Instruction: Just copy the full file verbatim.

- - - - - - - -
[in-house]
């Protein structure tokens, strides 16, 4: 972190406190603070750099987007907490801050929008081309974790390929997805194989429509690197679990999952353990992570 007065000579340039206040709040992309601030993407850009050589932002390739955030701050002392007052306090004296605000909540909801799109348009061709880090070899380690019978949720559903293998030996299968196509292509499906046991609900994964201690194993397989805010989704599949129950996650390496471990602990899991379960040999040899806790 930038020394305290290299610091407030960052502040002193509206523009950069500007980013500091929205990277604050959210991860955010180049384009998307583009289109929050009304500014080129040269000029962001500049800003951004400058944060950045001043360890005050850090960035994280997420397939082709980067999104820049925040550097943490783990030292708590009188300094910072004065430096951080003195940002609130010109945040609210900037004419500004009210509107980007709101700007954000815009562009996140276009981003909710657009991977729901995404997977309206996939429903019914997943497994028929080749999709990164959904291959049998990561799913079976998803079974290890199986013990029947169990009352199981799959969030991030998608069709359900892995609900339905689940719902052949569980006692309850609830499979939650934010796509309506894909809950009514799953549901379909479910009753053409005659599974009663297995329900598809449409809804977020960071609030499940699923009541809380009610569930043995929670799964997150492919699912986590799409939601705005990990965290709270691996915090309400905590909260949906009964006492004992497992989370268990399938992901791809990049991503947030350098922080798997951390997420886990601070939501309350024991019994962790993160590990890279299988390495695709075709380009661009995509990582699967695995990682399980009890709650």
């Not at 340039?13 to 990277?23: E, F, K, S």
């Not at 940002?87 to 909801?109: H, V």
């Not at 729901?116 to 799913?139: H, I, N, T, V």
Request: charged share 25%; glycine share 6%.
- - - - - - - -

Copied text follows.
[in-house]
């Protein structure tokens, strides 16, 4: 972190406190603070750099987007907490801050929008081309974790390929997805194989429509690197679990999952353990992570 007065000579340039206040709040992309601030993407850009050589932002390739955030701050002392007052306090004296605000909540909801799109348009061709880090070899380690019978949720559903293998030996299968196509292509499906046991609900994964201690194993397989805010989704599949129950996650390496471990602990899991379960040999040899806790 930038020394305290290299610091407030960052502040002193509206523009950069500007980013500091929205990277604050959210991860955010180049384009998307583009289109929050009304500014080129040269000029962001500049800003951004400058944060950045001043360890005050850090960035994280997420397939082709980067999104820049925040550097943490783990030292708590009188300094910072004065430096951080003195940002609130010109945040609210900037004419500004009210509107980007709101700007954000815009562009996140276009981003909710657009991977729901995404997977309206996939429903019914997943497994028929080749999709990164959904291959049998990561799913079976998803079974290890199986013990029947169990009352199981799959969030991030998608069709359900892995609900339905689940719902052949569980006692309850609830499979939650934010796509309506894909809950009514799953549901379909479910009753053409005659599974009663297995329900598809449409809804977020960071609030499940699923009541809380009610569930043995929670799964997150492919699912986590799409939601705005990990965290709270691996915090309400905590909260949906009964006492004992497992989370268990399938992901791809990049991503947030350098922080798997951390997420886990601070939501309350024991019994962790993160590990890279299988390495695709075709380009661009995509990582699967695995990682399980009890709650």
């Not at 340039?13 to 990277?23: E, F, K, S």
């Not at 940002?87 to 909801?109: H, V």
């Not at 729901?116 to 799913?139: H, I, N, T, V």
Request: charged share 25%; glycine share 6%.